Tuesday, July 24, 2012
Wednesday, March 14, 2012
As you may or may not know, while serving as a Peace Corps Volunteer in Ghana, I was approached by a publisher to write a travel guide about the country, similar to the Bradt or Lonely Planet guides. Myself and two other Ghana PCVs co-authored a travel guide about Ghana. As we each lived in different parts of the country for an extended amount of time, it gave us a deeper understanding of the culture and we discovered many of the hidden treasures Ghana has to offer. This unique perspective is what we hope to convey to readers and travelers to help them explore and discover a beautiful new world.
The Other Places Ghana Travel Guide (http://www.
Thank you for your continued support,
Monday, November 15, 2010
today has been a day full of warm fuzzies from chats with my apcd, beza dor, to my exit interview with the country director, mike koffman. the highlight has definitely been the program and training officer, robert moler, presenting me with a drum that has the peace corps logo carved into it. it's pretty PIMP!!! i just thave to figure out how to get it home...
i'll keep everyone posted on my travels!! keep us in your prayers!!! thank you all and i love you!
Monday, November 1, 2010
I was blinded by the lights and all the pretty, shiny things. The truth is I came here to escape from myself, my life. It’s not that my life was some sort of train wreck. Quite the opposite, really. But wanting to be everything to everybody else prohibits you from being the person you need to be for yourself.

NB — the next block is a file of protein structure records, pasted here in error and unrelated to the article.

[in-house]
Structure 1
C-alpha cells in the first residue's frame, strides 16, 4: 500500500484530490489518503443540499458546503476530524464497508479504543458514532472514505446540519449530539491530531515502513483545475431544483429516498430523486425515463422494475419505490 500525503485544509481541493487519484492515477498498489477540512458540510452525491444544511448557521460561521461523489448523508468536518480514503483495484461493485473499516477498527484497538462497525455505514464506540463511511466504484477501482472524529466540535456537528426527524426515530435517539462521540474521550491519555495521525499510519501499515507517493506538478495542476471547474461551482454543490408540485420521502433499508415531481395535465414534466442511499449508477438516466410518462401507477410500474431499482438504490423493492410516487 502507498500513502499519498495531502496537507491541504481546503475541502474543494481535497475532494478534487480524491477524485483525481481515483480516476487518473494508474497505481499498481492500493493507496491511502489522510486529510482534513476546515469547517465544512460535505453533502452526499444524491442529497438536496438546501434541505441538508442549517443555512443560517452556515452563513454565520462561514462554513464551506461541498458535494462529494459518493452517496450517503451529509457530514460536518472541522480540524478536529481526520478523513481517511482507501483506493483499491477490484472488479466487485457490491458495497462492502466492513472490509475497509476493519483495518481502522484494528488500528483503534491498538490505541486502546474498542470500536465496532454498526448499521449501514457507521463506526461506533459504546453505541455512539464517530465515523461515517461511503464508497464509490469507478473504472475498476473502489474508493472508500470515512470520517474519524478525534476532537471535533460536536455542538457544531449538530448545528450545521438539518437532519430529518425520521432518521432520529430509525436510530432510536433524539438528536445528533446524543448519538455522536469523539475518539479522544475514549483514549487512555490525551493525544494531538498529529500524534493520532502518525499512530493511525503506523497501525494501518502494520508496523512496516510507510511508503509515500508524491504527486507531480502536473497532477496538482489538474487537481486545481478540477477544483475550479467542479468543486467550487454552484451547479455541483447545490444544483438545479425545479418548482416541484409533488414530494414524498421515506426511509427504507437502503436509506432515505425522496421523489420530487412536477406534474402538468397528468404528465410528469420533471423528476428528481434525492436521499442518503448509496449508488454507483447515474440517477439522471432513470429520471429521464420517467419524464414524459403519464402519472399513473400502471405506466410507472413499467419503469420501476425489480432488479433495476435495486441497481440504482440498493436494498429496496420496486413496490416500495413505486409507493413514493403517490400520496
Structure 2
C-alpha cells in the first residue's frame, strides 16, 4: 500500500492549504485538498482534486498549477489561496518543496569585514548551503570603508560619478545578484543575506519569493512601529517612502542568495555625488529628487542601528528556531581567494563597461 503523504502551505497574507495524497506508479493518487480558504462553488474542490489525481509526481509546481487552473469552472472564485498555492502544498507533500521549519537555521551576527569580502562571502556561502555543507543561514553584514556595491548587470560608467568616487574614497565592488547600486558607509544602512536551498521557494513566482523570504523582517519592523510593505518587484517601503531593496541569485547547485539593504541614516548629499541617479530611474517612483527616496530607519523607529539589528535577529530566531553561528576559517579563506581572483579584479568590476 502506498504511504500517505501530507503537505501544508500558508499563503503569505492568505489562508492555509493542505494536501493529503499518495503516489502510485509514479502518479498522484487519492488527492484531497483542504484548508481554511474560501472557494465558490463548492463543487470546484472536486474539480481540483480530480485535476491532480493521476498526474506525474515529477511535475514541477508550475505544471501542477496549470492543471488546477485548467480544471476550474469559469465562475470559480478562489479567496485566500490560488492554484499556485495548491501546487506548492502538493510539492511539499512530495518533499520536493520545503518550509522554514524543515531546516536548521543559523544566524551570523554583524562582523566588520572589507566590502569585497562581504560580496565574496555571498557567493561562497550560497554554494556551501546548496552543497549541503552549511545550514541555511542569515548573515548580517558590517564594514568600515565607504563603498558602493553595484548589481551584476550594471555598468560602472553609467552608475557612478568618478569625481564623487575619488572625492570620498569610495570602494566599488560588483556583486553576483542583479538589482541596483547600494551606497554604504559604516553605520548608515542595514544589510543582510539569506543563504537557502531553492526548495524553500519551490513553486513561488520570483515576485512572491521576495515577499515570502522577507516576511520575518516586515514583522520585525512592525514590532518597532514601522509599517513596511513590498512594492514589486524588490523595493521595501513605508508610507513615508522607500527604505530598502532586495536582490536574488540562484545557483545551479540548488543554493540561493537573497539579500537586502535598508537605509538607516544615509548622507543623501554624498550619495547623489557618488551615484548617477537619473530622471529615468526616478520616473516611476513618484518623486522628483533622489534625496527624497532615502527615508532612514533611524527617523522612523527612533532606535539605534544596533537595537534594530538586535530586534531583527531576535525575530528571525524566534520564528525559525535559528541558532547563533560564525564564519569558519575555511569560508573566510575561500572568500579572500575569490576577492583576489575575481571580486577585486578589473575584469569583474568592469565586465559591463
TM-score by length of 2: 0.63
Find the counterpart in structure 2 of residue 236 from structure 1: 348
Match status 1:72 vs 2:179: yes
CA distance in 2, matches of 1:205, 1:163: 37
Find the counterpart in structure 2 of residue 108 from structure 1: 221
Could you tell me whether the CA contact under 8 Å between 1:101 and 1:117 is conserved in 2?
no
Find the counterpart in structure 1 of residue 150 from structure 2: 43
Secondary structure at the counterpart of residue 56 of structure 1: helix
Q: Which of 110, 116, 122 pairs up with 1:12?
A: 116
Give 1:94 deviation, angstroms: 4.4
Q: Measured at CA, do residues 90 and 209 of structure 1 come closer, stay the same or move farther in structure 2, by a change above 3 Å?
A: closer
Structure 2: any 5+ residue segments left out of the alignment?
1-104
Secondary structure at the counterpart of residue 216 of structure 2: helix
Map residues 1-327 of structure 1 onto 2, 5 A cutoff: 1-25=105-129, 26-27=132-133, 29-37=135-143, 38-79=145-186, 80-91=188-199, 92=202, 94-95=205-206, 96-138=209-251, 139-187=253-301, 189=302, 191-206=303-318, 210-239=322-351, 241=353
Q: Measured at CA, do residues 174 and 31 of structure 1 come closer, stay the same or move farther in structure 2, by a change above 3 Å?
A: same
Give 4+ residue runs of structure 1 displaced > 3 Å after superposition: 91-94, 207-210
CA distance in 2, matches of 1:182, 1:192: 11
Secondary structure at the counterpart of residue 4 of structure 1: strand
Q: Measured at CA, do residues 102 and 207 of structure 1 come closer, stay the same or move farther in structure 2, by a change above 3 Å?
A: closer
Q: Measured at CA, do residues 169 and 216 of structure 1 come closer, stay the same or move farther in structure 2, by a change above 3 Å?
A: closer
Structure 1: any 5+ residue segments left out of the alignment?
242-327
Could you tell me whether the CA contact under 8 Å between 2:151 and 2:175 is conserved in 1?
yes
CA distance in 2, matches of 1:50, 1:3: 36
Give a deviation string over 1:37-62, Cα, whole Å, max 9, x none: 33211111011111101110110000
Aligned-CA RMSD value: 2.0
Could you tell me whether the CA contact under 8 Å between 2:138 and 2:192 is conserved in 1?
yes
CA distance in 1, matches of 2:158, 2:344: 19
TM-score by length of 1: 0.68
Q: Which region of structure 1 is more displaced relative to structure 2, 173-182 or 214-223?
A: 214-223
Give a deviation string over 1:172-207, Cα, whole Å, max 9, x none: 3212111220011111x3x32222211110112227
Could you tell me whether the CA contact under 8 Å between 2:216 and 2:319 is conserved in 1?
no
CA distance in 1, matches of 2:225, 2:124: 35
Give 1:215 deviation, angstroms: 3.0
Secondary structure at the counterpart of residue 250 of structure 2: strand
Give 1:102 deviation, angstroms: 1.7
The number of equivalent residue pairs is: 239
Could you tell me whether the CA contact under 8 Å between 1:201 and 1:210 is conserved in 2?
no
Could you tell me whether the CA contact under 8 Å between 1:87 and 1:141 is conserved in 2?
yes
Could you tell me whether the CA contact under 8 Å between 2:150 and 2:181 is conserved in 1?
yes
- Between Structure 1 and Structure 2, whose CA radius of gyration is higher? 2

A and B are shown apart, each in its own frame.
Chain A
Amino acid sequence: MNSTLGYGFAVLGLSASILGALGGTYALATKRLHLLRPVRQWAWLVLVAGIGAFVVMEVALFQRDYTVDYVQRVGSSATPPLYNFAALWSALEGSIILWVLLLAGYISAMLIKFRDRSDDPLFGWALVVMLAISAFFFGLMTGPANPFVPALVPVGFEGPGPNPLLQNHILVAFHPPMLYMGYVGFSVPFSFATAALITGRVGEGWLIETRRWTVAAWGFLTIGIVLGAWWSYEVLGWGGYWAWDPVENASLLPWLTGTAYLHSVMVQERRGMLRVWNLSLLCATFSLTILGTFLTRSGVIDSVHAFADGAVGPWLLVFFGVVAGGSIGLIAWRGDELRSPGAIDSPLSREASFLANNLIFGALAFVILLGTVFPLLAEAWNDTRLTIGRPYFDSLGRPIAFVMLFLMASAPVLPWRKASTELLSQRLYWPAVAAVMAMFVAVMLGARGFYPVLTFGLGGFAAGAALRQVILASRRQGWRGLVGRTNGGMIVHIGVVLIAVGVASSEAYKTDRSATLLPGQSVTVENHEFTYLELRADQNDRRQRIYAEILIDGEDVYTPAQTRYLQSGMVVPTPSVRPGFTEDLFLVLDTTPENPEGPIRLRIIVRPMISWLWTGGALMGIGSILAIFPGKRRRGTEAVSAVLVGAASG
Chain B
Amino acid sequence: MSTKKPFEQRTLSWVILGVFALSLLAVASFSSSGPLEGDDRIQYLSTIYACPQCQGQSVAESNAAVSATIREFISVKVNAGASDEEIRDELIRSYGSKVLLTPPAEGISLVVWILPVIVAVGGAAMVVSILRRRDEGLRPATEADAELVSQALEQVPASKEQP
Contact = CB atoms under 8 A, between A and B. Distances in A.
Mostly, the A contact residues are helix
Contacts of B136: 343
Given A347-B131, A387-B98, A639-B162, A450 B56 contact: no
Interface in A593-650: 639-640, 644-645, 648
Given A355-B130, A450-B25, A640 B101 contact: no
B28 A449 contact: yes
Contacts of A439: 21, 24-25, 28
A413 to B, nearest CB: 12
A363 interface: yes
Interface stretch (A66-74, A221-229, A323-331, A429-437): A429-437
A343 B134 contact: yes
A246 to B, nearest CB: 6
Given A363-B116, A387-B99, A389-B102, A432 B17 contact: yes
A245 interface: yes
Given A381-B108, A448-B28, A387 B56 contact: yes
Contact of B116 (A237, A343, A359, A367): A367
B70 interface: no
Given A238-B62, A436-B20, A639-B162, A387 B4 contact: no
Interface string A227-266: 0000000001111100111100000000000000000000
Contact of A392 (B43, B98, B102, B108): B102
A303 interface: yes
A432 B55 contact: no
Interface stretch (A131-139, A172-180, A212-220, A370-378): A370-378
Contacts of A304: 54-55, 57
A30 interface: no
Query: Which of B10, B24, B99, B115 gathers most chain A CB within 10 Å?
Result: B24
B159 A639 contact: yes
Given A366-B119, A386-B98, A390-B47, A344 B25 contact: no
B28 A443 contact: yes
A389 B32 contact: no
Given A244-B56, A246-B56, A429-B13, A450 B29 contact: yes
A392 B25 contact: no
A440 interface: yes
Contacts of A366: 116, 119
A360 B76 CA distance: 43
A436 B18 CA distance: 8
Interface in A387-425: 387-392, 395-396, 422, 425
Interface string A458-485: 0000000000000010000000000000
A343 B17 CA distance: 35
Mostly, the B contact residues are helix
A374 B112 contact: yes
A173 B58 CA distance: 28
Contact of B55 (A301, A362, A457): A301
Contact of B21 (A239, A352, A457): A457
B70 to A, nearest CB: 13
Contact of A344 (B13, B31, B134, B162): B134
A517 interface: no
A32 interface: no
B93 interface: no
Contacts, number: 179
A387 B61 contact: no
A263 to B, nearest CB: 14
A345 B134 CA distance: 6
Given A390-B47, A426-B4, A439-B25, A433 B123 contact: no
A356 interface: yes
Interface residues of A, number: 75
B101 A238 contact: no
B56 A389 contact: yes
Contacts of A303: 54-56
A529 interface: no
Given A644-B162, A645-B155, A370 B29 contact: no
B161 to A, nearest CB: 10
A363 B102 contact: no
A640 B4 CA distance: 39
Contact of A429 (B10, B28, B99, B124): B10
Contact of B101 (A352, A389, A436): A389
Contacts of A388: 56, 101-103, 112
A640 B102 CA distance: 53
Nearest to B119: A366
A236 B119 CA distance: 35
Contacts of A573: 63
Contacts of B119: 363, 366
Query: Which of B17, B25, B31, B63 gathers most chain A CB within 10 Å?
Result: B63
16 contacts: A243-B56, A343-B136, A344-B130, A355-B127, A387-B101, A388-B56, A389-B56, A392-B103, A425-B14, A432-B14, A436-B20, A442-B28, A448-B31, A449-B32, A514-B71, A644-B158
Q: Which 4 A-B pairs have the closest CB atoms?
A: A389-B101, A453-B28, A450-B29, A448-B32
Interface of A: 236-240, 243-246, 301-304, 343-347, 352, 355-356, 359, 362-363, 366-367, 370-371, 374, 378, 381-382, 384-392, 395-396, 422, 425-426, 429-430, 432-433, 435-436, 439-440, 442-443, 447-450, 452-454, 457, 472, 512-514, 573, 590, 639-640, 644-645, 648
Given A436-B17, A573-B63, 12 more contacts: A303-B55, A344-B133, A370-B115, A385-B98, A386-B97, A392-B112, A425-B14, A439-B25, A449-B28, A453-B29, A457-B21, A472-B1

My COS (Close of Service) date from the Peace Corps is on November 15, 2010. I left home for this journey on September 27, 2008, and I cannot believe that my time is up. My friend Sam asked me the other day what I felt my biggest contribution was during my service. You often think about these things. On those days that the sun is beating down on you, when you can’t sleep because of the impossible heat, when your water is out for days, when homesickness is as painful as a breakup, when you feel that the people you work with aren’t listening to a word you’re saying…it’s on those days that we all ask ourselves, “Why am I here?” In my trimester reports, the numbers are all there. How many men, women, and children were taught? What activities were done? What did they learn? So on and so forth. But as I thought about it, those numbers were just that: statistics. I told Sam I felt that my biggest accomplishments, by far, were the relationships I have built with the people that I’ve met here in Ghana.
There are no words to express the amount of gratitude I have for this experience. I feel enormously blessed in so many ways. We go through all these experiences in life and we don’t fully understand the affect that they have on us until much later. The biggest lesson I can say that I’ve learned is that everything matters. This small developing country in Africa that is seemingly the antithesis of the U.S., I have discovered, is actually quite similar. There is a direct correlation between everything that is happening here right now and what is going on at home. The economy, race relations, gender roles, business, fashion…it’s all interrelated. I am much more conscious of my experiences. This has truly been humbling.
I aspired to change the world. I succeeded in at least changing my world.